The next major showdown in Washington may not be over how best to reduce the deficit or involve another Obama cabinet appointment. Look for sparks to fly over the president's constitutional prerogative to nominee federal judges and the Senate's responsibility to either confirm or reject those nominees.
The latest manifestation of this is President Obama's decision to fill three vacancies on the U.S. Court of Appeals for the District of Columbia Circuit, a frequent stepping stone to the Supreme Court. The president said he is merely fulfilling his constitutional responsibility as president, but Republicans are accusing him of "packing the court."
Clearly, the courts are anything but packed. In fact, more than 10 percent of all judgeships are unfilled. There are 87 vacancies, up from the 55 when Obama first took office.
To fully appreciate the significance of this standoff, it is important to remember that in their effort to radically shift the nation to the right over the past two decades, Republicans have gone all out to control the federal judiciary by placing young, arch conservatives on the bench.
According to a March 5 report by the Alliance for Justice titled, "The State of the Judiciary: Judicial Selection At the Beginning of President Obama's Second Term," Republican appointees still control the federal judiciary.
However, the study found, "Since the end of the Bush Administration, the percentage of Republican-appointed circuit judges dropped from 61.3 percent to 51.2 percent, and the percentage of Republican-appointed district court judges dropped from 58.6 percent to 53.6 percent."
Political affiliation isn't the only thing that is changing.
"President Obama's nominees have been the most diverse in terms of race and gender in American history," according to the report. "Forty-one percent of his appointees have been women and 36 percent have been people of color, a far higher percentage than any of his predecessors."
Bill Clinton had the second-best record, with 29 percent of his appointees women and 24 percent people of color.
Obama's record would have been even more impressive had he made nominations at the same pace of his immediate predecessors.
The Congressional Research Service (CRS) issued a report on May 2, titled, "President Obama's First Term U.S. Circuit and District Court Nominations: An Analysis and Comparison with Presidents Since Reagan."
It noted, "President Obama is the only one of the five most recent Presidents for whom, during his first term, both the average and median waiting time from nomination to confirmation for circuit and district court nominees was greater than half a calendar year (i.e., more than 182 days)."
There is plenty of blame to go around for such a slow confirmation pace, beginning with Obama.
"… Of the 81 circuit or district court vacancies that existed at the end of President Obama's first term, 50 (or 61.7 percent) were vacancies for which, as of January 19, 2013, the President had not selected a nominee," the CRS study found.
And even when Obama did submit names, the study found, his confirmation rate was lower than most of his immediate predecessors.
"Among the first five Presidents during their first terms… President G.H.W. Bush had the greatest number of circuit court nominees confirmed, 42. President Reagan had the greatest percentage of circuit nominees confirmed during his first term (86.8 percent). In contrast, President Obama had the second-lowest percentage of circuit court nominees confirmed (71.4 percent) and is tied with President Clinton for having the lowest number of circuit nominees confirmed, 30."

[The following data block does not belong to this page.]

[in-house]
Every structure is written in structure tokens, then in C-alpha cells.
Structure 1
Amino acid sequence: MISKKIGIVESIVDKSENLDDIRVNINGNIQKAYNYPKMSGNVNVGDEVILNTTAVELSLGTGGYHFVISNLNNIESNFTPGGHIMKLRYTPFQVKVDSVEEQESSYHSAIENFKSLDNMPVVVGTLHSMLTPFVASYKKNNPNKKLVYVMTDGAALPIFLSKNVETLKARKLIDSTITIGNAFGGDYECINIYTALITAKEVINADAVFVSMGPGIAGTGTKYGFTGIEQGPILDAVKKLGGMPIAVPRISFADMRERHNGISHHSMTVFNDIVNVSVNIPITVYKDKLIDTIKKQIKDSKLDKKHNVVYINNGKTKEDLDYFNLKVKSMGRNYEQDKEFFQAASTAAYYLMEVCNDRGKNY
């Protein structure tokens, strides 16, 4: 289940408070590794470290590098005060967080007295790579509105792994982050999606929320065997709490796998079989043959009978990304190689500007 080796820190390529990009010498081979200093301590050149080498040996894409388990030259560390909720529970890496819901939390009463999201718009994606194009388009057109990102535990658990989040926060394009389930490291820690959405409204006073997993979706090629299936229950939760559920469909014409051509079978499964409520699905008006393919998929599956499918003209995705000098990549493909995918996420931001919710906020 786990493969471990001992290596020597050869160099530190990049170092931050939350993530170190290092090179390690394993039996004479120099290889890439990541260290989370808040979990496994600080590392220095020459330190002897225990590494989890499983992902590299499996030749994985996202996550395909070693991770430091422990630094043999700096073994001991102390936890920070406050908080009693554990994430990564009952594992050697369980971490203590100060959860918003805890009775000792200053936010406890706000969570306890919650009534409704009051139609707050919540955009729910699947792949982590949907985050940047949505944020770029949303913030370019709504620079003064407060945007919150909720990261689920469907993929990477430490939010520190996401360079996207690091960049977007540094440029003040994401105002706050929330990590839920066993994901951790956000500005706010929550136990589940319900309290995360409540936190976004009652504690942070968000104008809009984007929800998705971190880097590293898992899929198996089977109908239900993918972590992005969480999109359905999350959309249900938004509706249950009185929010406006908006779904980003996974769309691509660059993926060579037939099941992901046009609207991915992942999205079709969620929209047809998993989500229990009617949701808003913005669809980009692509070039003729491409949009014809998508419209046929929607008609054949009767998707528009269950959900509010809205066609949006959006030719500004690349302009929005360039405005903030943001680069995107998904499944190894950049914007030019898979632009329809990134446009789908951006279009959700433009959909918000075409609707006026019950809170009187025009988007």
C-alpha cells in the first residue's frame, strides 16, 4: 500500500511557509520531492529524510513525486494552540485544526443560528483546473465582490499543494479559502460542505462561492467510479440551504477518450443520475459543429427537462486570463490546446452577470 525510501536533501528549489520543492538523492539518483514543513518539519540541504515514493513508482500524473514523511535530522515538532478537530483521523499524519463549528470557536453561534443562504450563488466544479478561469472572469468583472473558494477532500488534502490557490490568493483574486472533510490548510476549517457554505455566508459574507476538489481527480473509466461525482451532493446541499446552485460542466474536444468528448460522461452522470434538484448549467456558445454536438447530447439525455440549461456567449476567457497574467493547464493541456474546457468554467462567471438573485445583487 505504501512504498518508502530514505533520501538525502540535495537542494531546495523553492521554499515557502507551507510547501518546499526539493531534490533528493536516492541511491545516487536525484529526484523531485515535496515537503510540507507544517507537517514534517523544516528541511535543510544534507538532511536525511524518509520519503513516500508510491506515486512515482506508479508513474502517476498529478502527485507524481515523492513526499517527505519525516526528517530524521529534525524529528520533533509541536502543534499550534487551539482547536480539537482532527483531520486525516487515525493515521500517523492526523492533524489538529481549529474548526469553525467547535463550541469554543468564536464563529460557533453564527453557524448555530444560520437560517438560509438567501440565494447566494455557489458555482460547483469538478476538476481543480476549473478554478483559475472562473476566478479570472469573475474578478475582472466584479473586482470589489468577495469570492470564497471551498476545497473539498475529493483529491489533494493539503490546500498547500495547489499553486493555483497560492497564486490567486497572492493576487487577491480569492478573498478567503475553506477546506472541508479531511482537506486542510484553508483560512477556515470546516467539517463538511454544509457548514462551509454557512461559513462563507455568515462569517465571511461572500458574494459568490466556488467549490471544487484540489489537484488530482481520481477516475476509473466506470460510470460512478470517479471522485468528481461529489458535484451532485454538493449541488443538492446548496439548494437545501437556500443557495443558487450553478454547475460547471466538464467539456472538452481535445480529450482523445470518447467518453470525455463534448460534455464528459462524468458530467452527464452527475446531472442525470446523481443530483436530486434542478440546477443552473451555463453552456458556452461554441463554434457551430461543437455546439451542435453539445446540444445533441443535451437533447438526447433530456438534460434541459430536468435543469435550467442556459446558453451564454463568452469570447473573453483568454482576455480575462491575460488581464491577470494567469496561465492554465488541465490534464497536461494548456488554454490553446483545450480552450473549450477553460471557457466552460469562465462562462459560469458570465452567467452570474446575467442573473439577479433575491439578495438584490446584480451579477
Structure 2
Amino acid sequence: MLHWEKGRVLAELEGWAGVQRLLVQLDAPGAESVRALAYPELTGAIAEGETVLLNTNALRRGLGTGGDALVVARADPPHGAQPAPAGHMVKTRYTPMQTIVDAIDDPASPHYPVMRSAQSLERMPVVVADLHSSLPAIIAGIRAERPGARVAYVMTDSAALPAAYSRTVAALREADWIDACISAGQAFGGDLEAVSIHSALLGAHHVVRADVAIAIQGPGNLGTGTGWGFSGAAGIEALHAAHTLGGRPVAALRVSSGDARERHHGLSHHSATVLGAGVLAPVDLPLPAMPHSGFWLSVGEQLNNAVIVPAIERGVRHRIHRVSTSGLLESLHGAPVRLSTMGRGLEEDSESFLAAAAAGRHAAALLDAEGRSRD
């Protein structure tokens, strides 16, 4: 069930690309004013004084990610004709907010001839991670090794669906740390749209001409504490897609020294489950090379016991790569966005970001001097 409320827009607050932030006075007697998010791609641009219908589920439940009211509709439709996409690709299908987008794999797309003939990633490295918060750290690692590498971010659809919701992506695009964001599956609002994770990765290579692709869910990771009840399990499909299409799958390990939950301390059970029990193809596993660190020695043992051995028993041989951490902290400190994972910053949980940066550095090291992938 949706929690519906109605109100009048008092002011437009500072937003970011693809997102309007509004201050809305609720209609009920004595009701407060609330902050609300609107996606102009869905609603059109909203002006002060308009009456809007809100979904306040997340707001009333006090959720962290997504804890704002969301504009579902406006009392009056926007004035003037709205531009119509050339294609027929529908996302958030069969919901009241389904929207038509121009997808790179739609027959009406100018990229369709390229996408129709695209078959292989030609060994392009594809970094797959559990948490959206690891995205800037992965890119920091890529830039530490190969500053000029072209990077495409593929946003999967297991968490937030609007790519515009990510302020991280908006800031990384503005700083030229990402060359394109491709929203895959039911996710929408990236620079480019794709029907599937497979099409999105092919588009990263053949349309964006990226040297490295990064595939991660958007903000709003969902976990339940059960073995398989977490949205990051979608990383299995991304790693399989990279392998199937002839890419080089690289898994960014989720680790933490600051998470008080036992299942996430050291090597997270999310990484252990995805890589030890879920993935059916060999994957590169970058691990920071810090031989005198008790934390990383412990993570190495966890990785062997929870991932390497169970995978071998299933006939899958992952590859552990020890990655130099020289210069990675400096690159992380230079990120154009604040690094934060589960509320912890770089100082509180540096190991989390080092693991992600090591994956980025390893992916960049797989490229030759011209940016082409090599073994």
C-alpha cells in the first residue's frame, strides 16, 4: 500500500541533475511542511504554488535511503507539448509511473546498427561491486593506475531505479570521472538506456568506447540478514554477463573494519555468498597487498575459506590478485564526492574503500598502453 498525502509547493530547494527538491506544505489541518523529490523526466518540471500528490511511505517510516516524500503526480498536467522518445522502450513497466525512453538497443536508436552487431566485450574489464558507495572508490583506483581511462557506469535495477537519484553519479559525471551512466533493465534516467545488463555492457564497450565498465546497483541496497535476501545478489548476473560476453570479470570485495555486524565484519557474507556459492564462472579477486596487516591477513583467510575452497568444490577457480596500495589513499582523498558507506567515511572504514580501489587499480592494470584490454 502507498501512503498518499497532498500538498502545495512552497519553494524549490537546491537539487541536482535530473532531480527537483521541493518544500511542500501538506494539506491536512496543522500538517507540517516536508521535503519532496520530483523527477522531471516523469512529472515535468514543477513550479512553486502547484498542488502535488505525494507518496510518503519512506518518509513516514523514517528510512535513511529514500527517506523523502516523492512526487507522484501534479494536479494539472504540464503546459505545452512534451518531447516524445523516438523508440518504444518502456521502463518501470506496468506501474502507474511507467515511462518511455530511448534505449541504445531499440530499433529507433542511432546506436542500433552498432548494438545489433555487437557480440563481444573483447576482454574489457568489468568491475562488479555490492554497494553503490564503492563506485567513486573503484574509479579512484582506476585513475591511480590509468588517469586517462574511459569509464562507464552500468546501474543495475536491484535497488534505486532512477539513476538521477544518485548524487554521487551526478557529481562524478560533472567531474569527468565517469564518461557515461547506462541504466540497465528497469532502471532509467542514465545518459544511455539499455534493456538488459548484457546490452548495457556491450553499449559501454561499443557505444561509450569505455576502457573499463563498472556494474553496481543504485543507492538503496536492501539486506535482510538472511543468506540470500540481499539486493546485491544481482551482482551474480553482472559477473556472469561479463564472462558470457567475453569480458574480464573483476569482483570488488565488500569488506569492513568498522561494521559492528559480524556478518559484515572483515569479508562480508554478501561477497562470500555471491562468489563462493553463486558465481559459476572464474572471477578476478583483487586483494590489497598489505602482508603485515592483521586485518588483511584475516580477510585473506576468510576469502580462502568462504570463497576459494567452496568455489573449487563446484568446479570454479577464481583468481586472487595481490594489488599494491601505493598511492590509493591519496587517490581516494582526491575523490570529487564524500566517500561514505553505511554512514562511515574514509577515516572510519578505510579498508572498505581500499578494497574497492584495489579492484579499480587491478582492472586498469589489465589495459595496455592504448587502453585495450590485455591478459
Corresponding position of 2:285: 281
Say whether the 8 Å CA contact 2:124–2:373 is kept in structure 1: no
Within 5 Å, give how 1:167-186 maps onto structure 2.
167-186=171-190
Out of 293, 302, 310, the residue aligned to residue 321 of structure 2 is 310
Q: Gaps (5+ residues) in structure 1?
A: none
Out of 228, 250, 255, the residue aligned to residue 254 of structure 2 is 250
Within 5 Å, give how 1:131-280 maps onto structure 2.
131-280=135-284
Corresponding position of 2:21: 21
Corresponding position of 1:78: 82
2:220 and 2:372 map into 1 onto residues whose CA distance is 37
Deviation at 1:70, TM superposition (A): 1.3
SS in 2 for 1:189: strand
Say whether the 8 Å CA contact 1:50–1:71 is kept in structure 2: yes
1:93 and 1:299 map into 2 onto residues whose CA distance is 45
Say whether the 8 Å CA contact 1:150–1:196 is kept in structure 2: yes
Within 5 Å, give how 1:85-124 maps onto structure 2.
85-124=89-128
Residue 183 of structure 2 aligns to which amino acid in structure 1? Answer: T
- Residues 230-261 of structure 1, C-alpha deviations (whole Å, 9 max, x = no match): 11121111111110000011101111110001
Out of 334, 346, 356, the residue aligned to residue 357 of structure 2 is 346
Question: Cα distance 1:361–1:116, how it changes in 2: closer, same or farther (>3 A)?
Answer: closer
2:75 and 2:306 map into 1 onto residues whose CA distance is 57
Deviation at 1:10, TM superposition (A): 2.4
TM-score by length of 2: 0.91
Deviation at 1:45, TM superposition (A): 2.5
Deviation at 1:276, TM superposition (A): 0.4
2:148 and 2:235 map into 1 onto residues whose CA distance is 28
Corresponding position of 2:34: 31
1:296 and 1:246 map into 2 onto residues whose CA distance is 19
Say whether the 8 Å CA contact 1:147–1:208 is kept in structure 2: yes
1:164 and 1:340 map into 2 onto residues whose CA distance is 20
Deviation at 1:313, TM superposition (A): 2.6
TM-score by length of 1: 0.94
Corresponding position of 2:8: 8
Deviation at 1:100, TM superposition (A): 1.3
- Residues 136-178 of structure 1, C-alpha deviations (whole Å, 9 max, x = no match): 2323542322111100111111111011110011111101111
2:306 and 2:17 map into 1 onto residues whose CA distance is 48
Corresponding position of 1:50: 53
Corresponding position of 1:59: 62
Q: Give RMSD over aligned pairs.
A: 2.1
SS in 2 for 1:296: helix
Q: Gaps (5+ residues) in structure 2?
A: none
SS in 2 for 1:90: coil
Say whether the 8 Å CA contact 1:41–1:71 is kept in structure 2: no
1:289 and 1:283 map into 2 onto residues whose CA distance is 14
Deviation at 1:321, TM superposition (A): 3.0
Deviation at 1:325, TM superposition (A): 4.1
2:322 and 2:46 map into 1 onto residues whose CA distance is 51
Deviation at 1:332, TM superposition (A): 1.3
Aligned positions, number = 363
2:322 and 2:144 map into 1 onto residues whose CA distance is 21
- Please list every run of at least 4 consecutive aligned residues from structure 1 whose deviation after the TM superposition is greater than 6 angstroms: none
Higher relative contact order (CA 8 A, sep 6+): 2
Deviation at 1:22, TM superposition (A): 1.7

There was a similar pattern with district court nominees, with Obama having the second-lowest number and percentage confirmed.
Although Obama has done an impressive job appointing nominees who reflect racial and gender diversity, he has not done as well with professional diversity, according to the report by the Alliance for Justice. While Obama has appointed 99 ex-prosecutors, he has nominated only 33 former public defenders and 16 former academics.
Á professionally diverse judiciary better reflects the range of legal and societal experiences that judges bring to the bench," the report observed. "A judiciary heavily slanted toward former corporate attorneys and prosecutors lack the perspective of lawyers who have represented clients in criminal defense, consumer and environmental protection, personal injury, and other public interest fields."
Unlike Republicans, Obama has tended to nominate older candidates to the bench, averaging 51.3 years old. That's typically 2-5 years older than Republican appointees. And that could come back to haunt Democrats in the future.
"Because federal judicial appointments are for life, Republican presidents have repeatedly nominated people under 50 to circuit court seats, and in fact have placed a premium on selecting
Young nominees," the Alliance for Justice study stated. "As for district court seats, President Reagan nominated over 30 people under 40 years old to the district court bench, while President Obama has nominated only 5.
"Since young district court appointees are often prime candidates for subsequent elevation to the circuit courts, both President Obama and future Democratic presidents may have relatively few of these potential nominees to consider going forward."
George E. Curry, former editor-in-chief of Emerge magazine, is editor-in-chief of the National Newspaper Publishers Association News Service (NNPA.) He is a keynote speaker, moderator, and media coach. Curry can be reached through his Web site, www.georgecurry.com. You can also follow him at www.twitter.com/currygeorge and George E. Curry Fan Page on Facebook.